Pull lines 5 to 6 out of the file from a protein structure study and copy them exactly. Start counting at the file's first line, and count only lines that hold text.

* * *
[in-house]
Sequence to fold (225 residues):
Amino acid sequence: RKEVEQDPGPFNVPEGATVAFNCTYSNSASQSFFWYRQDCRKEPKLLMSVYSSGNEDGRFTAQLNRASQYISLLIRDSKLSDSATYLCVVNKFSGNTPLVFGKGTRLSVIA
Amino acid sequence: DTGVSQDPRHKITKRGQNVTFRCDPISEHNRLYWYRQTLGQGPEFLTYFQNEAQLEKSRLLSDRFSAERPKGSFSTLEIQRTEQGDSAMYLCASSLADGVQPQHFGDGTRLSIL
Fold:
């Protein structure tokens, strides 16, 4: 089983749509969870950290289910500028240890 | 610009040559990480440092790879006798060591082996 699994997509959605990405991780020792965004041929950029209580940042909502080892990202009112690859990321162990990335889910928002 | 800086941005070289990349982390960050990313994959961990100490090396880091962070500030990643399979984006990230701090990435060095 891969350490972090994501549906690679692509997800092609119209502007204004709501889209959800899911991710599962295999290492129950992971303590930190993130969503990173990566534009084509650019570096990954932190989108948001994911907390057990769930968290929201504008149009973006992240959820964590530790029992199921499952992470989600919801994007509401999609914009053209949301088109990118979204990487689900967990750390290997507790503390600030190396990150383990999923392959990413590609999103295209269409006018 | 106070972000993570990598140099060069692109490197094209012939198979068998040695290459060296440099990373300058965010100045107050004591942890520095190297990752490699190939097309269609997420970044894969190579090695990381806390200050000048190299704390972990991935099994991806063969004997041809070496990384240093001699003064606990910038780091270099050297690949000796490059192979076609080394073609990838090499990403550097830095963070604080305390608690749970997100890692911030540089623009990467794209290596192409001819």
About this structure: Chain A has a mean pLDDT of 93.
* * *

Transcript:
Fold:
């Protein structure tokens, strides 16, 4: 089983749509969870950290289910500028240890 | 610009040559990480440092790879006798060591082996 699994997509959605990405991780020792965004041929950029209580940042909502080892990202009112690859990321162990990335889910928002 | 800086941005070289990349982390960050990313994959961990100490090396880091962070500030990643399979984006990230701090990435060095 891969350490972090994501549906690679692509997800092609119209502007204004709501889209959800899911991710599962295999290492129950992971303590930190993130969503990173990566534009084509650019570096990954932190989108948001994911907390057990769930968290929201504008149009973006992240959820964590530790029992199921499952992470989600919801994007509401999609914009053209949301088109990118979204990487689900967990750390290997507790503390600030190396990150383990999923392959990413590609999103295209269409006018 | 106070972000993570990598140099060069692109490197094209012939198979068998040695290459060296440099990373300058965010100045107050004591942890520095190297990752490699190939097309269609997420970044894969190579090695990381806390200050000048190299704390972990991935099994991806063969004997041809070496990384240093001699003064606990910038780091270099050297690949000796490059192979076609080394073609990838090499990403550097830095963070604080305390608690749970997100890692911030540089623009990467794209290596192409001819």